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Game Review | 80 Days


Every journey begins and (hopefully) ends 80 days later in London
 

Game Summary: 1872, with a steampunk twist. Phileas Fogg has wagered he can circumnavigate the world in just eighty days. (Metacritic)


This started out as a mobile game and is a pretty good example of how some types of game are more suited to one medium than another. This might be a perfect little time-waster to help you through a commute, but can’t really compete against full games on a PC.


Yes, it’s cheap, but that’s the case for a lot of games on PC, and a lot of those were explicitly designed to be played on a desktop or laptop and take full advantage of what the platform can do. In comparison, 80 Days is more than a little basic.


As the title suggests, the story is based around the Jules Verne story, Around the World in Eighty Days, with you playing the role of Passepartout, valet to Phileas Fogg, a gentleman of London. You have the titular amount of time to circumnavigate the globe before Fogg’s wager fails, although the game does allow you to complete your journey even if you are late.


A nice twist here though, is that it is set in an alternate reality, with much of the technology being steampunk or clockwork in design, including artificial people. World history has also unfolded differently as a result, so you can’t rely on your knowledge of real history to gain any advantage.


It has a nice visual style, but that’s about it. Most of your time will be spent reading rather than marvelling at the visuals and it’s a genuine shame that the developers chose not to add more graphical flourishes or even some additional animation to complement the aesthetic.


Likewise, the sound is as basic as can be, with some cheerful background music altering to fit your current location and basic sound effects to add to the atmosphere, but little more than that, with all of the game’s dialogue only present in written form.


80 Days’ saving grace is the writing, which is fantastic throughout, really helping to boost your immersion and the sense of time and place in this alternate world. Each place is truly distinct from every other and almost every location has its own little story to tell.


The branching dialogue and character choices work exceptionally well too, with enough variety to completely change your perception of Passepartout and the world he inhabits. There are any number of colourful characters to meet, and each of them is well-written and with their own distinct identity although only a handful truly stand out.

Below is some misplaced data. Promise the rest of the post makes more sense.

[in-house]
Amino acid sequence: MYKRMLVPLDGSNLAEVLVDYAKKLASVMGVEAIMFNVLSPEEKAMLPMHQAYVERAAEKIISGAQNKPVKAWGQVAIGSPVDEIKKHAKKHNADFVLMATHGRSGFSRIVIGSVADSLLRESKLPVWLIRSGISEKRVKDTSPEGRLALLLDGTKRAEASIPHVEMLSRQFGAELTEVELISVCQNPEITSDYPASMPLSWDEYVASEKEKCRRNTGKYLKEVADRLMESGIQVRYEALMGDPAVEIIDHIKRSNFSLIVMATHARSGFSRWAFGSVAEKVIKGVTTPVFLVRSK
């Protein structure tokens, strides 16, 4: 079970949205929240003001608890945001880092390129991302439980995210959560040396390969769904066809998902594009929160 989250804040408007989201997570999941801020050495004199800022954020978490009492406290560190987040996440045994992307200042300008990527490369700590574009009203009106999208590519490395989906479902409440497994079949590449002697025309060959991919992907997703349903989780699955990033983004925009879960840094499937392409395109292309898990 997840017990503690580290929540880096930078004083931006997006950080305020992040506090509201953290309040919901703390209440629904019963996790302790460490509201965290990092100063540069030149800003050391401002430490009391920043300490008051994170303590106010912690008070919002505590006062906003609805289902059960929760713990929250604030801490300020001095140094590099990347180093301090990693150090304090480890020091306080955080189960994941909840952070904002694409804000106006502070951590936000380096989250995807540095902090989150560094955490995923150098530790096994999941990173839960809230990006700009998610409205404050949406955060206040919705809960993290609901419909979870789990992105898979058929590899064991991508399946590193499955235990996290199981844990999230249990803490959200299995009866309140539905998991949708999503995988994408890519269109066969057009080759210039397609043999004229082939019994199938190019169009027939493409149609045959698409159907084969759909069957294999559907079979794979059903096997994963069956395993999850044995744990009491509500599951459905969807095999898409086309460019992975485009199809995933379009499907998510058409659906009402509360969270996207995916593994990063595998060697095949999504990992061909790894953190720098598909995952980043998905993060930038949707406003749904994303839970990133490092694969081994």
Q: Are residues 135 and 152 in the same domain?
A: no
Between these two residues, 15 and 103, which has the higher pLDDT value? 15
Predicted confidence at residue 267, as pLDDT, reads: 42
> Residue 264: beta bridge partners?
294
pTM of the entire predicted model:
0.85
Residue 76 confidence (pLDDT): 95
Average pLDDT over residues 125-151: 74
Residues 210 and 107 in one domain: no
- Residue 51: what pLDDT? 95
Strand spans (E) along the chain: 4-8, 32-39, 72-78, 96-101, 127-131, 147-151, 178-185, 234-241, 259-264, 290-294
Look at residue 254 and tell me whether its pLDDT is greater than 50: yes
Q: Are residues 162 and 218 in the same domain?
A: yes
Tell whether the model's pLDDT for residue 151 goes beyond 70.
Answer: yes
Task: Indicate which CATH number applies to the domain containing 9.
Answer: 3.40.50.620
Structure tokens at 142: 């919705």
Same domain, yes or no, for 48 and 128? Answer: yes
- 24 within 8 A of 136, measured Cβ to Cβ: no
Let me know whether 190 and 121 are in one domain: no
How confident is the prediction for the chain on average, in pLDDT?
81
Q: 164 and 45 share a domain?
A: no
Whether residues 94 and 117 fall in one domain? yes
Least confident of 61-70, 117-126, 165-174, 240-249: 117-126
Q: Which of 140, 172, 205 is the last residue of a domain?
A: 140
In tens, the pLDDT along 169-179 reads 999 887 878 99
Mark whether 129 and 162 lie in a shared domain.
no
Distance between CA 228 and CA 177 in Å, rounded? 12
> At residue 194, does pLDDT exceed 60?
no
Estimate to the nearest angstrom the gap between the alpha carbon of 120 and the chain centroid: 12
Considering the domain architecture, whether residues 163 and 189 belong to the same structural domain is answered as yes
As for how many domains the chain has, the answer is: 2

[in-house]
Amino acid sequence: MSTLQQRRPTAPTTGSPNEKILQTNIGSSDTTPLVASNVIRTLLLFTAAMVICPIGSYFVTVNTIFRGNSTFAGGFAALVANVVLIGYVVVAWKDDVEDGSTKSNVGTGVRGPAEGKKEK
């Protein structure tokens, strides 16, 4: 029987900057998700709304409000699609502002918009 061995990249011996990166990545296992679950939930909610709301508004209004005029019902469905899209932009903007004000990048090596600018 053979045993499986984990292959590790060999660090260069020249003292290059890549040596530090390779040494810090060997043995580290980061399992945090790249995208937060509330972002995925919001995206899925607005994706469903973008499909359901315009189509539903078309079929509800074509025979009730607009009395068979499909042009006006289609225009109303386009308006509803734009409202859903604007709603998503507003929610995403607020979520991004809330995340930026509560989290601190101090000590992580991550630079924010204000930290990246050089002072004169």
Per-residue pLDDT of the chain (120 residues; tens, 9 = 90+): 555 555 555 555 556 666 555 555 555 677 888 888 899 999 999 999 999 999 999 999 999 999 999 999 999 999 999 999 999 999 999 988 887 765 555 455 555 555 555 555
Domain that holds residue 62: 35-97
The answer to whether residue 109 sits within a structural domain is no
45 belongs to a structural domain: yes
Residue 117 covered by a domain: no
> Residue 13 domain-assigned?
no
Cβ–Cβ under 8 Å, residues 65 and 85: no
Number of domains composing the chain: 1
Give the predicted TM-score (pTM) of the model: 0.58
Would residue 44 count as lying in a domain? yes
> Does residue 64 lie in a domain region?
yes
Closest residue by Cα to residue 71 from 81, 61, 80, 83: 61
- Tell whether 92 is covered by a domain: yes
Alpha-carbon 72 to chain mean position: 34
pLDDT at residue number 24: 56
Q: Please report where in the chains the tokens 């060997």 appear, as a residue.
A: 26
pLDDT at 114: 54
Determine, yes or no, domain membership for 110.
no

While the writing is superb, and each play-through an excellent novella in its own right (it takes just a couple of hours to complete the game), it is worth remembering that this is a game and not a book, which is where 80 Days ultimately falls short.

Making good progress in 80 Days

Once you’ve moved on to your first stop at the very beginning of the game, you’ve experienced all of the gameplay there is to the title. Seriously, there are no hidden modes or gameplay changes, no new mechanics to learn and nothing to break up the monotony that can set in on some of the longer journeys it’s possible to make.


Yes, there are a lot of locations and more than enough characters to fill up the fictional world, but many of them just aren’t that memorable, feeling like space-fillers to pad out the experience. It doesn’t help that they just repeat themselves on each play-through – as far as I can tell, once you’ve been to a location, you’ll never have a reason to go back there again on subsequent play-throughs.


Maybe this is something that could have been altered to add some variety, because you’ll have to go out of your way and essentially ignore the central narrative of the game to experience anything new after you’ve finished the game for the first time.


Then there’s the issue of completely unexpected events that can derail your game – there’s no foreshadowing or any other kind of indication to the player that something might be about to happen and you can have your carefully-played game ruined by an event that serves no purpose other than to be randomly harmful to the experience.


On mobile, 80 Days is a perfectly enjoyable experience that will help you fill in bits of free time here and there; on PC, it simply can’t compare to games designed for the platform and extended sessions of play. It’s cheap and will fill a couple of hours, but then I’d advise leaving it aside for a good long while or its drawbacks will soon begin to grate.

[5/10]

 
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